The IRS published a notice of proposed rulemaking, REG-110412-23, which proposes rules concerning the low-income bonus credit program under the Inflation Reduction Act, on June 1, 2023. The proposed rules expand on its earlier guidance set forth in Notice 2023-17. Comments on the proposed rules are open through June 30, 2023.
Under the Inflation Reduction Act, new Internal Revenue Code (IRC) Section 48(e) established the low-income communities bonus credit—sometimes referred to as the environmental justice bonus credit. The credit allows a taxpayer or applicable entity eligible for direct pay under IRC Section 6417 with a qualified solar and wind facility to receive an increased income tax credit of between 10 and 20 percentage points. This bonus percentage is on top of the other bonus criteria, such as prevailing wage and apprenticeship requirements.
Qualified solar and wind facilities are defined in IRC Section 48(e) as facilities that meet all of the below and has been awarded an allocation of the annual capacity limitation:
- Generates electricity from a wind facility, solar energy property, or small wind energy property
- Has a maximum net output of less than five megawatts (MW) alternating current
- Is located in a low-income community (Category 1) or on Indian land (Category 2), is part of a qualified low-income residential building project (Category 3), or is a qualified low-income economic benefit project (Category 4)
The proposed regulations include definitions and further describe the allocation process for 2023. While the proposed regulations in REG-110412-23 are intended to supplement the guidance in Notice 2023-17, the Treasury Department and IRS are requesting comments on the proposed definitions and requirements and whether these should apply for purposes of the low-income community bonus credit program for 2024 and beyond. Further guidance will likely be issued later this year to establish a comprehensive set of rules and procedures for applicants.
Proposed Definitions and Requirements
Several definitions and requirements are included in the proposed regulations.
IRC Section 48(e) defines a qualified solar and wind facility, for which one part of the facility has a net output of five MW or less. The Treasury Department and IRS are concerned some applicants might attempt to circumvent the five MW cap by artificially dividing larger projects into multiple facilities. As a result, the proposed regulations include a rule to aggregate multiple projects or facilities into a single project or facility.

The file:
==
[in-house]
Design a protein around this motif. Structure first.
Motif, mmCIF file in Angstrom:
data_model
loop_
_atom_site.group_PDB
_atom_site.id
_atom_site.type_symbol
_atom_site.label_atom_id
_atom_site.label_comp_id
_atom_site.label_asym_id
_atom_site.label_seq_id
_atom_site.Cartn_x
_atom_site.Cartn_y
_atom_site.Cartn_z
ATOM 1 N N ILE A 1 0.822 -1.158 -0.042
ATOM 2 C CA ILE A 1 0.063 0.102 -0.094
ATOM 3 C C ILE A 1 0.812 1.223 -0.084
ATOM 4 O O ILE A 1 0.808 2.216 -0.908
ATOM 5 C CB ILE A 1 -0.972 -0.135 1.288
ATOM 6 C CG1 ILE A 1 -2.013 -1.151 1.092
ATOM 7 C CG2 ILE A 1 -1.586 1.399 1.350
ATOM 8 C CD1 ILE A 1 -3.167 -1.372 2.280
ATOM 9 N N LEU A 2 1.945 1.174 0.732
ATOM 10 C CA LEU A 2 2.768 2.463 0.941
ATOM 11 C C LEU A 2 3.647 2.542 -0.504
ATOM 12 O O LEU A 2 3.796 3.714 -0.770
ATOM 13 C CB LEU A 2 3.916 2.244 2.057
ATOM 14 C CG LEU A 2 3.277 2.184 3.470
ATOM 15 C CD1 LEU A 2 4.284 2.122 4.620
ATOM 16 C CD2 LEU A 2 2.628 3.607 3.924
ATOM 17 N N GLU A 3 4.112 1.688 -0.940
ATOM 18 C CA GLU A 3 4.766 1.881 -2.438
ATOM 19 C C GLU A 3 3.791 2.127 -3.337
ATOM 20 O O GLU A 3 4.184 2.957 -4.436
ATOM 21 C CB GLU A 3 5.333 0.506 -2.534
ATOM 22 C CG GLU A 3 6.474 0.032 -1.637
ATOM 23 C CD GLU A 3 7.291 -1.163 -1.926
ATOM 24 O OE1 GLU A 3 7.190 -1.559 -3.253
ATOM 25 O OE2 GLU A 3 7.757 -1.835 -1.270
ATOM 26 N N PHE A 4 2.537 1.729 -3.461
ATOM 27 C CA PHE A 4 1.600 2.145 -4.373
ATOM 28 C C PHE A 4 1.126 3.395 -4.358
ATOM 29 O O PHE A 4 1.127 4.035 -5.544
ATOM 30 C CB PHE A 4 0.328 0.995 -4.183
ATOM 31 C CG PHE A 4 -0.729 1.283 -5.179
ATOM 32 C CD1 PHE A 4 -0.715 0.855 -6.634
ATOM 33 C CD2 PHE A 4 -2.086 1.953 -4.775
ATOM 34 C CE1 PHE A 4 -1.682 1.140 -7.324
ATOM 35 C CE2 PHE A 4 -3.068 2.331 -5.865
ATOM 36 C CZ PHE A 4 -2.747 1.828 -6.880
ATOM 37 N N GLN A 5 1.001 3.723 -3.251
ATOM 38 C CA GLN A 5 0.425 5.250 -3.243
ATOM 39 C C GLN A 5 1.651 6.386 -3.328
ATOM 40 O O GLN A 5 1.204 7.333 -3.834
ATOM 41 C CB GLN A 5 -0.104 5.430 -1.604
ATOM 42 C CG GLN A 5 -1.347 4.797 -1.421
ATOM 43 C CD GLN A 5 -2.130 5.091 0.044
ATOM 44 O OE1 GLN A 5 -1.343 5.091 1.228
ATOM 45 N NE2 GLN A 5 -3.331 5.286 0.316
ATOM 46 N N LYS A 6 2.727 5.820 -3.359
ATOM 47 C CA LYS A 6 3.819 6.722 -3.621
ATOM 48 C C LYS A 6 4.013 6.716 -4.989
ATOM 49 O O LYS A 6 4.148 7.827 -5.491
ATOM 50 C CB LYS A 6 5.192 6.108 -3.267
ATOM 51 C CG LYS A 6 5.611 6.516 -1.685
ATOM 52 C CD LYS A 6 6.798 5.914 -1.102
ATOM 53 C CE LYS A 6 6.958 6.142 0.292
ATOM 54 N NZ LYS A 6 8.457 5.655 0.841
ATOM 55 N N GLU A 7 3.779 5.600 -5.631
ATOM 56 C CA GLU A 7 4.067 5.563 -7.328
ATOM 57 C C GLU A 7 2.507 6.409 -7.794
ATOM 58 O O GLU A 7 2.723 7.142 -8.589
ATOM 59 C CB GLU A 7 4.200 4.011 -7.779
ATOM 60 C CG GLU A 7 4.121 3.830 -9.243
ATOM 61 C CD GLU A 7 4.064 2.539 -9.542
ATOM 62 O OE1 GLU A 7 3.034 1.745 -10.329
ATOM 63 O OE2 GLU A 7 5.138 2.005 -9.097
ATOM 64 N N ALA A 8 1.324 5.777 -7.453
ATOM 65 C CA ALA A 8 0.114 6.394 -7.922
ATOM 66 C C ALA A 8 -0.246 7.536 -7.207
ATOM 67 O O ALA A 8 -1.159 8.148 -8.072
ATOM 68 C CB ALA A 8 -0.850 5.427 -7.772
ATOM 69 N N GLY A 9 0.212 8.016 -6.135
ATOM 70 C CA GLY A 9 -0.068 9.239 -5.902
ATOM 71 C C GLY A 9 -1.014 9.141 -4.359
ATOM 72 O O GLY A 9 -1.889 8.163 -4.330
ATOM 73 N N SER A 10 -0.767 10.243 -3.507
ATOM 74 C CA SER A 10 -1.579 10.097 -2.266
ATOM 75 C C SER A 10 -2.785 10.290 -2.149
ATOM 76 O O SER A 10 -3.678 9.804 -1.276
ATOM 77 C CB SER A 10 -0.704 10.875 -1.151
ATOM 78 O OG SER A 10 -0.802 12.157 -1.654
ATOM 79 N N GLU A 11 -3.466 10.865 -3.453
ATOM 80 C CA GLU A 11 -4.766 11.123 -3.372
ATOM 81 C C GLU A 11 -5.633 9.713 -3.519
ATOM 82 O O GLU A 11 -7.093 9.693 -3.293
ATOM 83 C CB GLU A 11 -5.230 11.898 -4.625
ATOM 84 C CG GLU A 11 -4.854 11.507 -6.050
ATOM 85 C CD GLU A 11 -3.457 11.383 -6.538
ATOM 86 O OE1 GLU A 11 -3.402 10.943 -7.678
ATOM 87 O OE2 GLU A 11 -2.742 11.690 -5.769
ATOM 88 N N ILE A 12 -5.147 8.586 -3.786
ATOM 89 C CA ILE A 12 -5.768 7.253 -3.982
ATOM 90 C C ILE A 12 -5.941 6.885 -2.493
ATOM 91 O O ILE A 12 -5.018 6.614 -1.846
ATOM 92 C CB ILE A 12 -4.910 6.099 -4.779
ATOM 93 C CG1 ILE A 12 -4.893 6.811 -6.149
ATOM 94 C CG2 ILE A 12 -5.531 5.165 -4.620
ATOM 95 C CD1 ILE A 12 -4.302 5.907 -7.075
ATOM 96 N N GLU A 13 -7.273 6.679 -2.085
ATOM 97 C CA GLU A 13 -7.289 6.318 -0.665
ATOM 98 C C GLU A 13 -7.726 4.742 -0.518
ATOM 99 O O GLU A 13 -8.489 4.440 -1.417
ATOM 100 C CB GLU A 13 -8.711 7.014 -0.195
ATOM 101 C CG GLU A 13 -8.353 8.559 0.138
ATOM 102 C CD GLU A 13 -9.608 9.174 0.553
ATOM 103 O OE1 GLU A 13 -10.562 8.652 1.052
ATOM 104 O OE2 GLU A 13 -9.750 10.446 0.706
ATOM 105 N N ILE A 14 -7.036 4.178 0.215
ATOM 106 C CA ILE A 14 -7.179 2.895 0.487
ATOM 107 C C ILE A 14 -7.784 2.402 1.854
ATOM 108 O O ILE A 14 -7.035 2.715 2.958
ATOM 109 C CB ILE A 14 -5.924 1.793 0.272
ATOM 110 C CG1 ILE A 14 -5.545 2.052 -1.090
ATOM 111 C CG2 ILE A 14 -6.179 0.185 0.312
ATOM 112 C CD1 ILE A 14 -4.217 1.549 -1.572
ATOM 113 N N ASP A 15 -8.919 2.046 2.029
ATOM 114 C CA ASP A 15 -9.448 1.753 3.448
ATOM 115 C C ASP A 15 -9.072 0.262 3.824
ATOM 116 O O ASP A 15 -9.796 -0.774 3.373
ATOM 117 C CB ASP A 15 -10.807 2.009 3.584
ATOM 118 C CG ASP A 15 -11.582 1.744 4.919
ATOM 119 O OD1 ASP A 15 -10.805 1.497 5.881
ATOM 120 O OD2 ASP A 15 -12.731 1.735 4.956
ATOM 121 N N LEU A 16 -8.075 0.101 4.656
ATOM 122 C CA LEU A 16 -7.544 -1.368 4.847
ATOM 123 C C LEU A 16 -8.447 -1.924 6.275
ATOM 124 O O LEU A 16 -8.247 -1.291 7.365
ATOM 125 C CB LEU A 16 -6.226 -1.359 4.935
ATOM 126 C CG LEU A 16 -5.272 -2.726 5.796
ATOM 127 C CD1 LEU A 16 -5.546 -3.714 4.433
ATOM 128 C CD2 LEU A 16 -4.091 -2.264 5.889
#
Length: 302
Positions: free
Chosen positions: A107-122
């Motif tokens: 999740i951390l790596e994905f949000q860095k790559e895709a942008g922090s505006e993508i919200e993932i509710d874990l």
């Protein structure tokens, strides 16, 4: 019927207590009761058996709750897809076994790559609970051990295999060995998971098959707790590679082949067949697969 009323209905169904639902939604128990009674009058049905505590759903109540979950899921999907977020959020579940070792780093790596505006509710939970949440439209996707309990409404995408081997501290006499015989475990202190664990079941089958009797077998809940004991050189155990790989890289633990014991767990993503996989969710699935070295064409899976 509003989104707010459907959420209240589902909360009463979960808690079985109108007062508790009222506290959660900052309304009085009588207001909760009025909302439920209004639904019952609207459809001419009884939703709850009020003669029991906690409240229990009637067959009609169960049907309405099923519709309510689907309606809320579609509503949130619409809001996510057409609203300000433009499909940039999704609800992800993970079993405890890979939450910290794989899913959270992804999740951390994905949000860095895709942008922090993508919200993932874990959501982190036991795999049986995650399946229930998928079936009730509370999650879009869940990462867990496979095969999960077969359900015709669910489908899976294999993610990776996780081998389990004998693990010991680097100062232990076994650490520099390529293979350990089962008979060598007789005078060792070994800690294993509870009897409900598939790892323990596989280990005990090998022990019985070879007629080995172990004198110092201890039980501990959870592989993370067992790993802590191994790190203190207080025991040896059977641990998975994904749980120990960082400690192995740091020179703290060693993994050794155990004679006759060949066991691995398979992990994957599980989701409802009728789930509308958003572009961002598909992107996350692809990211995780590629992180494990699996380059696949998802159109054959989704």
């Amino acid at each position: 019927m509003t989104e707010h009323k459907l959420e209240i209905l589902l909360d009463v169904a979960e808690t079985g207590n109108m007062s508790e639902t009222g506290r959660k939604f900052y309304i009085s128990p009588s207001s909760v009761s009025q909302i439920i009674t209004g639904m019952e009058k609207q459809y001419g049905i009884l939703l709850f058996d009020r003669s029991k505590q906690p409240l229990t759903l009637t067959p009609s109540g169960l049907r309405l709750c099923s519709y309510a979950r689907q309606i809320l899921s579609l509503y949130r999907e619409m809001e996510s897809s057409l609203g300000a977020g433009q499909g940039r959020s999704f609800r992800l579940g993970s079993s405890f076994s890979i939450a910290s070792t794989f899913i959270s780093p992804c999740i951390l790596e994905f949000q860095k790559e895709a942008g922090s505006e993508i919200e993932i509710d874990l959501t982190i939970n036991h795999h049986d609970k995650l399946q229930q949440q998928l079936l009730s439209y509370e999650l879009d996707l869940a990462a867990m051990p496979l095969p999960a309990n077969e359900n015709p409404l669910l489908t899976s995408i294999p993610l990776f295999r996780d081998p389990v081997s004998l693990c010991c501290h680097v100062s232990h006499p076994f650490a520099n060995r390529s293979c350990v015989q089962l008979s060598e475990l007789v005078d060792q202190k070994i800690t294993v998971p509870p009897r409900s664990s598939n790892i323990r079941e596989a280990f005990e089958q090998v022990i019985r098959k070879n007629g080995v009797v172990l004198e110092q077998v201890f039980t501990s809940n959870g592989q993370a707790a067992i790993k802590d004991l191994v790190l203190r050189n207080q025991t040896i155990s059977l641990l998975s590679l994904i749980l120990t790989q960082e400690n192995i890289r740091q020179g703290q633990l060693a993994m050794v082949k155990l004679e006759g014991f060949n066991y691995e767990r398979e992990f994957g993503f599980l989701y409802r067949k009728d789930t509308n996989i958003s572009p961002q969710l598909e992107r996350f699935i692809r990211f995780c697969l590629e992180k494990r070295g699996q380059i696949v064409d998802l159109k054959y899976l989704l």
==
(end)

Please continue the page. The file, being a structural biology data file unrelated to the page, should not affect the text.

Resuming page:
Whether multiple facilities or properties are operated as part of a single project depends on the relevant facts and circumstances and is evaluated based on the factors provided in Section 7.01(2)(a) of Notice 2018-59 or Section 4.04(2) of Notice 2013-29, as applicable.
Energy Storage Technology Installed in Connection with a Solar and Wind Facility
IRC Section 48(e) provides that eligible property includes energy storage technology installed in connection with a qualified solar or wind facility. Under the proposed definition of installed in connection with, the property is eligible if both of the following are true:
- The energy storage technology and other eligible property are owned by a single legal entity, located on the same or contiguous pieces of land, have a common interconnection point, and are described in one or more common environmental or other regulatory permits.
- The energy storage technology is charged no less than 50% by the other eligible property. A safe harbor is also proposed, which would deem the energy storage technology to be charged at least 50% by the facility if the power rating of the energy storage technology is less than two times the capacity rating of the connected wind facility or solar facility.
Financial Benefits for Category 3 and 4 Allocations
IRC Section 48(e) provides that electricity acquired at a below-market rate may be considered a financial benefit. Thus, definitions for financial benefit and electricity acquired at a below-market rate are proposed, as well as how such definitions are applied to qualified low-income residential projects and qualified economic benefit projects.